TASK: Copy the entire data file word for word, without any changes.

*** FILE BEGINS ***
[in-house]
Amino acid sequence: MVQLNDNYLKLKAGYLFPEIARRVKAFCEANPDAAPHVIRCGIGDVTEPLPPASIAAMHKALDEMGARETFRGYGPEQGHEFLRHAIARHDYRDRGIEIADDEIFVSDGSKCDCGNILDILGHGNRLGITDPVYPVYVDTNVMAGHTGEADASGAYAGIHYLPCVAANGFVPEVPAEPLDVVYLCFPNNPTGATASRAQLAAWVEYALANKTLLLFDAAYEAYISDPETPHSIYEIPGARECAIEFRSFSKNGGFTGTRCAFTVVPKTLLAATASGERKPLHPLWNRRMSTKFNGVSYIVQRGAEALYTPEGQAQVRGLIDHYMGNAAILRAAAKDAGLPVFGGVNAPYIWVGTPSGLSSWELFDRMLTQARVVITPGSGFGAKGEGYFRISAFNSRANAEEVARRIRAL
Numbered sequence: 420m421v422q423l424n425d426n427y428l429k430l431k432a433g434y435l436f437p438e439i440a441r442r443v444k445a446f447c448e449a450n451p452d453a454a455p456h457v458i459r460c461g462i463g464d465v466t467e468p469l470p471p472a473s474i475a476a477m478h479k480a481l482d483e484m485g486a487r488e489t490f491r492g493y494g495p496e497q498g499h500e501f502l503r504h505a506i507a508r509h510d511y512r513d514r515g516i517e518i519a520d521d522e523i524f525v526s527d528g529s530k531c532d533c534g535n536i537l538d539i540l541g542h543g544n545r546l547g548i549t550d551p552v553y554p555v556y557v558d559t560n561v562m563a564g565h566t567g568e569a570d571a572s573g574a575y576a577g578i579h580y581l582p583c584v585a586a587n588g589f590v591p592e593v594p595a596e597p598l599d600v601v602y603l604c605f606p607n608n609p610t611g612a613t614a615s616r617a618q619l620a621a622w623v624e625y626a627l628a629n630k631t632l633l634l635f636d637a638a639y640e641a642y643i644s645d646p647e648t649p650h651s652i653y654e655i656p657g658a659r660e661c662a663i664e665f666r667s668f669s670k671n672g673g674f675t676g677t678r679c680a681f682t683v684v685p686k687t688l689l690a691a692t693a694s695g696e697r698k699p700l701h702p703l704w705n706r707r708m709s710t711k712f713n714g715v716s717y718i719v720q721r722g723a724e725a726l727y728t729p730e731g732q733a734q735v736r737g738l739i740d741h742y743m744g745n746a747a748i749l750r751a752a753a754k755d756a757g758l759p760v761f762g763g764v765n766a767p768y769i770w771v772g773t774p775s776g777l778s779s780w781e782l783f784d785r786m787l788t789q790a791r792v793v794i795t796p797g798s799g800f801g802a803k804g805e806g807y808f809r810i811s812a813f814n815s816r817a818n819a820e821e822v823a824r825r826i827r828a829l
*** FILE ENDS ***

[in-house]
Amino acid sequence: MVQLNDNYLKLKAGYLFPEIARRVKAFCEANPDAAPHVIRCGIGDVTEPLPPASIAAMHKALDEMGARETFRGYGPEQGHEFLRHAIARHDYRDRGIEIADDEIFVSDGSKCDCGNILDILGHGNRLGITDPVYPVYVDTNVMAGHTGEADASGAYAGIHYLPCVAANGFVPEVPAEPLDVVYLCFPNNPTGATASRAQLAAWVEYALANKTLLLFDAAYEAYISDPETPHSIYEIPGARECAIEFRSFSKNGGFTGTRCAFTVVPKTLLAATASGERKPLHPLWNRRMSTKFNGVSYIVQRGAEALYTPEGQAQVRGLIDHYMGNAAILRAAAKDAGLPVFGGVNAPYIWVGTPSGLSSWELFDRMLTQARVVITPGSGFGAKGEGYFRISAFNSRANAEEVARRIRAL
Numbered sequence: 420m421v422q423l424n425d426n427y428l429k430l431k432a433g434y435l436f437p438e439i440a441r442r443v444k445a446f447c448e449a450n451p452d453a454a455p456h457v458i459r460c461g462i463g464d465v466t467e468p469l470p471p472a473s474i475a476a477m478h479k480a481l482d483e484m485g486a487r488e489t490f491r492g493y494g495p496e497q498g499h500e501f502l503r504h505a506i507a508r509h510d511y512r513d514r515g516i517e518i519a520d521d522e523i524f525v526s527d528g529s530k531c532d533c534g535n536i537l538d539i540l541g542h543g544n545r546l547g548i549t550d551p552v553y554p555v556y557v558d559t560n561v562m563a564g565h566t567g568e569a570d571a572s573g574a575y576a577g578i579h580y581l582p583c584v585a586a587n588g589f590v591p592e593v594p595a596e597p598l599d600v601v602y603l604c605f606p607n608n609p610t611g612a613t614a615s616r617a618q619l620a621a622w623v624e625y626a627l628a629n630k631t632l633l634l635f636d637a638a639y640e641a642y643i644s645d646p647e648t649p650h651s652i653y654e655i656p657g658a659r660e661c662a663i664e665f666r667s668f669s670k671n672g673g674f675t676g677t678r679c680a681f682t683v684v685p686k687t688l689l690a691a692t693a694s695g696e697r698k699p700l701h702p703l704w705n706r707r708m709s710t711k712f713n714g715v716s717y718i719v720q721r722g723a724e725a726l727y728t729p730e731g732q733a734q735v736r737g738l739i740d741h742y743m744g745n746a747a748i749l750r751a752a753a754k755d756a757g758l759p760v761f762g763g764v765n766a767p768y769i770w771v772g773t774p775s776g777l778s779s780w781e782l783f784d785r786m787l788t789q790a791r792v793v794i795t796p797g798s799g800f801g802a803k804g805e806g807y808f809r810i811s812a813f814n815s816r817a818n819a820e821e822v823a824r825r826i827r828a829l